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Jason Wu's Here, He's Queer, And All of His Hardass Asian Relatives Better Get Used to It

Being Asian, gay and out to your parents is hard enough, what with our people's obsession with tradition and having grandchildren, without your bitchy aunties gossiping about your sex life.
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Jason Wu was accidentally outed last week in a NY Times profile that ran of the 26 year-old designer following the inauguration, and he's not stoked about it. An anonymous fashion industry source told Jezebel this week that Wu's parents knew he was gay, but not his extended family, and the Times' mention of Wu's boyfriend, Gustavo Rangel, has led to "some awkward conversations." The source also alleged that Wu's parents are "disappointed" because their son wasn't more "discreet."

No one wants to be publicly outed this way. And being Asian and gay and out to your parents is hard enough as it is, what with our people's obsession with tradition, fitting in and having grandchildren, without your bitchy aunties gossiping about your sex life. The upshot to this unfortunate incident is that Asian parents care a whole lot more about success than they do sex, and Jason Wu is a success story that his Hardass Asian Parents can brag about at their weekly Chinese choir practice, if they're anything like my own. And instead of saying, "My son, he make most beautiful dress for First Lady," they can say, "My gay son, etc." and people, including the Hardass Asian Extended Family, are just going to have to fuckin' deal with it, because their straight sons -- Harvard medical school and gorgeous grandchildren notwithstanding -- still can't hold a candle to Wu.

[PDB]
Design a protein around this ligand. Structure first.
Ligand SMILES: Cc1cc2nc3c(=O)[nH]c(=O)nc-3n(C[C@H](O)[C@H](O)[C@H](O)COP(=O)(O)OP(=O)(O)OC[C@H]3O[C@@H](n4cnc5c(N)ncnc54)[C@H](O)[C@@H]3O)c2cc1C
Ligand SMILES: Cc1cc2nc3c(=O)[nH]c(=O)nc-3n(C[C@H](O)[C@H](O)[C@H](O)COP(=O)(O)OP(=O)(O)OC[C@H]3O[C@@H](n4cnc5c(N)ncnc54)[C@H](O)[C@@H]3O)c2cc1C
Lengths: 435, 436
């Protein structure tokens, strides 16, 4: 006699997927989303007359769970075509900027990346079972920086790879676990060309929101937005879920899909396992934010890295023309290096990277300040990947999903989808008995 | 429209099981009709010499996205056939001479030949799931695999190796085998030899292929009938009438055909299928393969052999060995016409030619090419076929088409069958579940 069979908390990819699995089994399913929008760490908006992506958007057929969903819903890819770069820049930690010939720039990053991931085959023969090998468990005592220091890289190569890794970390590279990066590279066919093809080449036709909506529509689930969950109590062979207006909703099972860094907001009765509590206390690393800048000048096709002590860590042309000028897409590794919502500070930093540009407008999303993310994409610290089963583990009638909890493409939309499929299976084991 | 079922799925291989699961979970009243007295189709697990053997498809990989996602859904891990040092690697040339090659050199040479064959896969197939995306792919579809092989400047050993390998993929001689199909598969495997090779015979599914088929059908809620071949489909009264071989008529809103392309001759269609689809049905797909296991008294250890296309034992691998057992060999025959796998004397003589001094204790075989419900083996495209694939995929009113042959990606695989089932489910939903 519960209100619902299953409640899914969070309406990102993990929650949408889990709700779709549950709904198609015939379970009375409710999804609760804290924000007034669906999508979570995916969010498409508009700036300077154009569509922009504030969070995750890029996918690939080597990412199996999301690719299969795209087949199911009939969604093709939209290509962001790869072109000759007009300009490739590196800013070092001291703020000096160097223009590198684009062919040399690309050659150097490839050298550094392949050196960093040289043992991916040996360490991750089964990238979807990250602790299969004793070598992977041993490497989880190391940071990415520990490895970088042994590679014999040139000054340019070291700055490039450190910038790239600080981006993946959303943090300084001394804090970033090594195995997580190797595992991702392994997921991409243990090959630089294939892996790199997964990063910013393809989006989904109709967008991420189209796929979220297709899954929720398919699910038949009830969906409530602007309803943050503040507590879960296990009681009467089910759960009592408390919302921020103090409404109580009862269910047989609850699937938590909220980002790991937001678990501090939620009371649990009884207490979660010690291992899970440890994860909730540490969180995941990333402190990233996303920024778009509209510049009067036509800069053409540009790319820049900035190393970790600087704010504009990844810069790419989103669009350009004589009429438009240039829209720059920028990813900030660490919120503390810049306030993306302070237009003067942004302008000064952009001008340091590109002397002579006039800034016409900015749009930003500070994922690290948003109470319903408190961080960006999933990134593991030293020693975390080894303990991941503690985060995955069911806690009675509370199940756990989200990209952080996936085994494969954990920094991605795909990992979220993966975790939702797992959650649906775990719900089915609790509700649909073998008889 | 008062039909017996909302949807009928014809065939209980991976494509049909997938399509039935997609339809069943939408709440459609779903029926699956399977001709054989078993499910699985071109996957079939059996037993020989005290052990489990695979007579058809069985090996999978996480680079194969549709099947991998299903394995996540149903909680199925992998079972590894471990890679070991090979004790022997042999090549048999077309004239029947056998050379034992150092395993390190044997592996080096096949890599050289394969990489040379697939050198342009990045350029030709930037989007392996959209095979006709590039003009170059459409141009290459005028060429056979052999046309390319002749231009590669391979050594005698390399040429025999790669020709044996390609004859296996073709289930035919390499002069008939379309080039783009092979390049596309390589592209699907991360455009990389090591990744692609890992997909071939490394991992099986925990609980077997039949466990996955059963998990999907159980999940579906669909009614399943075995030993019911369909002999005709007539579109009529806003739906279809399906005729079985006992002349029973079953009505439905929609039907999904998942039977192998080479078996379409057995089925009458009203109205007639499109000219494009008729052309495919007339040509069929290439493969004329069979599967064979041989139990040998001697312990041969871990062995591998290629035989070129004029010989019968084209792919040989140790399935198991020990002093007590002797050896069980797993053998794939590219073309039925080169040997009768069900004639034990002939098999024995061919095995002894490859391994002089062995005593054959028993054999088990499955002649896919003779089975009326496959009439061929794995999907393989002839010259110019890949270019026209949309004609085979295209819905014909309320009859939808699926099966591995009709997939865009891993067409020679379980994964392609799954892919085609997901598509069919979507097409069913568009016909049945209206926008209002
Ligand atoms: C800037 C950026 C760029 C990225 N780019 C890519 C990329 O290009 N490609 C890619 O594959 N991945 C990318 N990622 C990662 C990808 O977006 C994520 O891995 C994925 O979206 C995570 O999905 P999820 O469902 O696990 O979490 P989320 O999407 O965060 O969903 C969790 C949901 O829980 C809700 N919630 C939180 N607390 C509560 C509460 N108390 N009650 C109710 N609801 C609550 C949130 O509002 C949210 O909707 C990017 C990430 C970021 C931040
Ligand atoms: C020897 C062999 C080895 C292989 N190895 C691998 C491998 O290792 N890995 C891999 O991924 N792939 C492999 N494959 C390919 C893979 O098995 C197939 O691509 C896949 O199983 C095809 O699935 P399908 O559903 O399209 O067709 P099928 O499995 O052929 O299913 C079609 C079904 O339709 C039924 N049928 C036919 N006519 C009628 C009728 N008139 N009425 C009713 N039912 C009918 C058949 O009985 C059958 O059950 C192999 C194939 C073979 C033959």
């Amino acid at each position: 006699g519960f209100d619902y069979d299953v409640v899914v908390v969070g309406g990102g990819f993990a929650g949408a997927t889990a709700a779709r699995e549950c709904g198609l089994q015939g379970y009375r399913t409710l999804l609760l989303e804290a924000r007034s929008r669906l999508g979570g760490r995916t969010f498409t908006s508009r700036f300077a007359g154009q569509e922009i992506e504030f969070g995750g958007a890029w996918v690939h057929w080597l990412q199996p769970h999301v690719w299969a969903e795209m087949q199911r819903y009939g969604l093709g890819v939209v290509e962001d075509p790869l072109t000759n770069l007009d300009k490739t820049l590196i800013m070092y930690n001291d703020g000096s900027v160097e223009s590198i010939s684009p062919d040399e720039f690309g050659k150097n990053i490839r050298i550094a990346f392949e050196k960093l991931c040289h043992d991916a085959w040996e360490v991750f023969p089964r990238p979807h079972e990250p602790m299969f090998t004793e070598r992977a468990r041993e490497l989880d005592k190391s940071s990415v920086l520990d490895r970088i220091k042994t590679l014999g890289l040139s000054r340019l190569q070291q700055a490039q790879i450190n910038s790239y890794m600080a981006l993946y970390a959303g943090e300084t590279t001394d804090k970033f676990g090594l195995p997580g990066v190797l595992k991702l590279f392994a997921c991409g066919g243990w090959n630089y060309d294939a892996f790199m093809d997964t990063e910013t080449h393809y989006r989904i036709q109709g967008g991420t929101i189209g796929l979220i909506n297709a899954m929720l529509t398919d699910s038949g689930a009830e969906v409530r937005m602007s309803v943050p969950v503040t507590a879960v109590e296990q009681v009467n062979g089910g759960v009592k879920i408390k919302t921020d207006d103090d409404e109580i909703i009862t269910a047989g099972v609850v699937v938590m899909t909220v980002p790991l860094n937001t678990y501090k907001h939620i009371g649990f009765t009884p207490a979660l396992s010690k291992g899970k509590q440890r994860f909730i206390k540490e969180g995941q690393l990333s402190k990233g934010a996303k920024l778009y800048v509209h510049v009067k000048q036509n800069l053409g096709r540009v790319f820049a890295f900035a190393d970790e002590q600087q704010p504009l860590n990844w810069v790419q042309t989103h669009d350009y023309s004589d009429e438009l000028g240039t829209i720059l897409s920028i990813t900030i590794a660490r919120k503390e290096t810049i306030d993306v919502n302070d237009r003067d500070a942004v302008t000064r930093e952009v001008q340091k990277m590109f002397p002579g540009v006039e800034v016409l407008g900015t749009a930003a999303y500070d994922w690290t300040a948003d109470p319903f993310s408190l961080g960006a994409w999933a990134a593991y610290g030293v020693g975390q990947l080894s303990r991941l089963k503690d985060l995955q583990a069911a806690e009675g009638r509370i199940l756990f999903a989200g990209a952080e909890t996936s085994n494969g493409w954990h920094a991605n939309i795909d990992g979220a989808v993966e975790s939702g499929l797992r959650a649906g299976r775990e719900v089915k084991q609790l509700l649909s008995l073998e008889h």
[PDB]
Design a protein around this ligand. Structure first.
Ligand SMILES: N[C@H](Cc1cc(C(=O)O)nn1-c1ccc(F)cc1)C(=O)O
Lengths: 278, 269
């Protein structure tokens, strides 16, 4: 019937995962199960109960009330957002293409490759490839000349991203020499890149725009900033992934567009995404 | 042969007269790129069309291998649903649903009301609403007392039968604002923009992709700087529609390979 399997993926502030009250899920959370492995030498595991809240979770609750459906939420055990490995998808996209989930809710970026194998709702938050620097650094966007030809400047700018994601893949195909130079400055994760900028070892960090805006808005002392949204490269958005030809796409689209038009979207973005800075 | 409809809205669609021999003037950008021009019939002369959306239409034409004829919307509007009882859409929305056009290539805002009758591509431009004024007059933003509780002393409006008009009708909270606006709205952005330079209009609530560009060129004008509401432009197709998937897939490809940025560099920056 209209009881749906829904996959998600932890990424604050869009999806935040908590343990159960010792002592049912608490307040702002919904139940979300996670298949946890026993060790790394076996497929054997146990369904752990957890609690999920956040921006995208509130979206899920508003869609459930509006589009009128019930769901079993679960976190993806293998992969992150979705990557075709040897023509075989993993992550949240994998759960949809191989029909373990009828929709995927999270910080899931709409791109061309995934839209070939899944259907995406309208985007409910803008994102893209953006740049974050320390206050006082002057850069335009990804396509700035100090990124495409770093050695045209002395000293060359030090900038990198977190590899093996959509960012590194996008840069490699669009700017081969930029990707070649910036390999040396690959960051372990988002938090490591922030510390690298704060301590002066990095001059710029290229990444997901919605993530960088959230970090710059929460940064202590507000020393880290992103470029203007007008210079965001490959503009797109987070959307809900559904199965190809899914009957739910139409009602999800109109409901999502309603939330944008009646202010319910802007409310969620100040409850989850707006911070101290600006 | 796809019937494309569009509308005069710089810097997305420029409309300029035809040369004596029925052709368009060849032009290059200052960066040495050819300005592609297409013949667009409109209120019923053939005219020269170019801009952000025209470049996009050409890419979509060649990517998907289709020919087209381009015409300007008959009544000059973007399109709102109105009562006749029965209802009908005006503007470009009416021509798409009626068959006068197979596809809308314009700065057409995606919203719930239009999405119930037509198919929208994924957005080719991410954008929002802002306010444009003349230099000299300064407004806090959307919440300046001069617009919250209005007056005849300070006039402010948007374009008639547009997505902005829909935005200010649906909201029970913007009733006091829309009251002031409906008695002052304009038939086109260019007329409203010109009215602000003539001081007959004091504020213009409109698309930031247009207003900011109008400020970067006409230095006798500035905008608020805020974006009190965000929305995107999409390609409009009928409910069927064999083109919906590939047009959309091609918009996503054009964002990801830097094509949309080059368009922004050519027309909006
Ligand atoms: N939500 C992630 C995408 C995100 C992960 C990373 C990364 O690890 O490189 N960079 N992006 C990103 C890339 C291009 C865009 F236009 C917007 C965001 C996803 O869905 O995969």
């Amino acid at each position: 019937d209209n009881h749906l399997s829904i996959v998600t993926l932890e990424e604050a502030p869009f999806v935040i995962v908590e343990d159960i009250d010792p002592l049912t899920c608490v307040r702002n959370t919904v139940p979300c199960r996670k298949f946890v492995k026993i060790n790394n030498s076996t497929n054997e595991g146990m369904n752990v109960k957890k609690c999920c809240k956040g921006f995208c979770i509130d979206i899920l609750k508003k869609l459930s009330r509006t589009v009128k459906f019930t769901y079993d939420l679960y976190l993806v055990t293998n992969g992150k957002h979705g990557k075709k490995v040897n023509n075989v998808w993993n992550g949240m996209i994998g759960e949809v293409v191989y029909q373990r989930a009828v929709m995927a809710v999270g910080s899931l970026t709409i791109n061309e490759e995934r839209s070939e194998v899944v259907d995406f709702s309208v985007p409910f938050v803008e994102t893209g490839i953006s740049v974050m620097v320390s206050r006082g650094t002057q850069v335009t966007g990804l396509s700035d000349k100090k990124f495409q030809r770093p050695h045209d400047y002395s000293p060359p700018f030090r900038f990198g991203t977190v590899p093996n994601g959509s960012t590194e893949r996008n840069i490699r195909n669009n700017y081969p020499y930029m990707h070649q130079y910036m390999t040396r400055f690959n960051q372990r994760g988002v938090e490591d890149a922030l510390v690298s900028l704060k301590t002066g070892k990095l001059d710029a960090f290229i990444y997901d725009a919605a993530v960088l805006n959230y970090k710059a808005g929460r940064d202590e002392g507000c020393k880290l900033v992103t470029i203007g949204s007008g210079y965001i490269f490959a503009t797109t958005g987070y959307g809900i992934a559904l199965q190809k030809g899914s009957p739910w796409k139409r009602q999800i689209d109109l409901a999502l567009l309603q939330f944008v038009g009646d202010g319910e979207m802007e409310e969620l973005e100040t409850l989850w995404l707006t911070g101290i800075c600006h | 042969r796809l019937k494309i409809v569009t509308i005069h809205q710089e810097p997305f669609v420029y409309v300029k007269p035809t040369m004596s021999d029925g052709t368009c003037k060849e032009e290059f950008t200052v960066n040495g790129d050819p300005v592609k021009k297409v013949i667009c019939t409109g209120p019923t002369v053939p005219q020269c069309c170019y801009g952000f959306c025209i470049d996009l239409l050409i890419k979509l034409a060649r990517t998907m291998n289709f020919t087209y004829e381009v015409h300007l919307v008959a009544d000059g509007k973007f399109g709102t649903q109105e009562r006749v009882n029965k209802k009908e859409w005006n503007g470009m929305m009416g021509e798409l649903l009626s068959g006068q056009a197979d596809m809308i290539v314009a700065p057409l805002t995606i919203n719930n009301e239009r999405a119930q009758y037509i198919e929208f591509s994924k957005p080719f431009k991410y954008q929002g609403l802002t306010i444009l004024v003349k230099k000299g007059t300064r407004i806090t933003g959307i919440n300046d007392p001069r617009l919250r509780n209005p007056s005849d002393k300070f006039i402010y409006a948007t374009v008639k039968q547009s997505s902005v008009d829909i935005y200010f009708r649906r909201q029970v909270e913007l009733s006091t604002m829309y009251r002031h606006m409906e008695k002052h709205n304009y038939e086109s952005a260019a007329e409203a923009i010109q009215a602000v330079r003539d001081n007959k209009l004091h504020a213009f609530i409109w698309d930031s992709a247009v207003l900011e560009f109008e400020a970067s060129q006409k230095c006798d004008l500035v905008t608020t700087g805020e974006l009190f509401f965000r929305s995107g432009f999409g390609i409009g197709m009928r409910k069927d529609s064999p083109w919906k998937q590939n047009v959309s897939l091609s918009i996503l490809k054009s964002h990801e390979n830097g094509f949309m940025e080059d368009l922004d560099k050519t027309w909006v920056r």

Asian parents are always disappointed one way or another, anyway, because that's, like, their job. But many of them eventually get over it -- like mine did when I told them that I wanted to be a writer, which led to 10 years of "awkward conversations" -- until you disappoint them again (which is inevitable), and then they have to get over that, and so on and so forth, which seems like a total drag until you realize, after a while, that this is what you have to go through to live your life the way you want to live it, in fact, this is living your life the way you want to live it, with a little more honesty and transparency and a little less shame even.